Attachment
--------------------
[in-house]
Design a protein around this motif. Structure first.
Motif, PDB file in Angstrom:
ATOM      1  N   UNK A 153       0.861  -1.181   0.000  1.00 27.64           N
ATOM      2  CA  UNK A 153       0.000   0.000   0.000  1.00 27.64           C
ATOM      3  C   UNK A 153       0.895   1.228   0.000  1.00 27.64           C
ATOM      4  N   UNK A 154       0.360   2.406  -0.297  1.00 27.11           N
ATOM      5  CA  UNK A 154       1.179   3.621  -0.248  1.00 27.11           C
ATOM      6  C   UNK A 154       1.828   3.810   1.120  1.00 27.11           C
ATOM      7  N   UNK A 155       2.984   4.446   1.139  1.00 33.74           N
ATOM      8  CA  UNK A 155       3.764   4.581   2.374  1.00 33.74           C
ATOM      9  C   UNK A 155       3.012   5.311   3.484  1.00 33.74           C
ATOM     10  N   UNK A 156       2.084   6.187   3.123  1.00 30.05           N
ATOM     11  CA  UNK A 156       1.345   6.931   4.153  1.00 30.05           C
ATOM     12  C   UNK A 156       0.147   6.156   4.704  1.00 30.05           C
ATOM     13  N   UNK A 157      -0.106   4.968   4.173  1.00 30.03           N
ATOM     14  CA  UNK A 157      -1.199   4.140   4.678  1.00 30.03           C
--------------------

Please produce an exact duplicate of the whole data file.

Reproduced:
[in-house]
Design a protein around this motif. Structure first.
Motif, PDB file in Angstrom:
ATOM      1  N   UNK A 153       0.861  -1.181   0.000  1.00 27.64           N
ATOM      2  CA  UNK A 153       0.000   0.000   0.000  1.00 27.64           C
ATOM      3  C   UNK A 153       0.895   1.228   0.000  1.00 27.64           C
ATOM      4  N   UNK A 154       0.360   2.406  -0.297  1.00 27.11           N
ATOM      5  CA  UNK A 154       1.179   3.621  -0.248  1.00 27.11           C
ATOM      6  C   UNK A 154       1.828   3.810   1.120  1.00 27.11           C
ATOM      7  N   UNK A 155       2.984   4.446   1.139  1.00 33.74           N
ATOM      8  CA  UNK A 155       3.764   4.581   2.374  1.00 33.74           C
ATOM      9  C   UNK A 155       3.012   5.311   3.484  1.00 33.74           C
ATOM     10  N   UNK A 156       2.084   6.187   3.123  1.00 30.05           N
ATOM     11  CA  UNK A 156       1.345   6.931   4.153  1.00 30.05           C
ATOM     12  C   UNK A 156       0.147   6.156   4.704  1.00 30.05           C
ATOM     13  N   UNK A 157      -0.106   4.968   4.173  1.00 30.03           N
ATOM     14  CA  UNK A 157      -1.199   4.140   4.678  1.00 30.03           C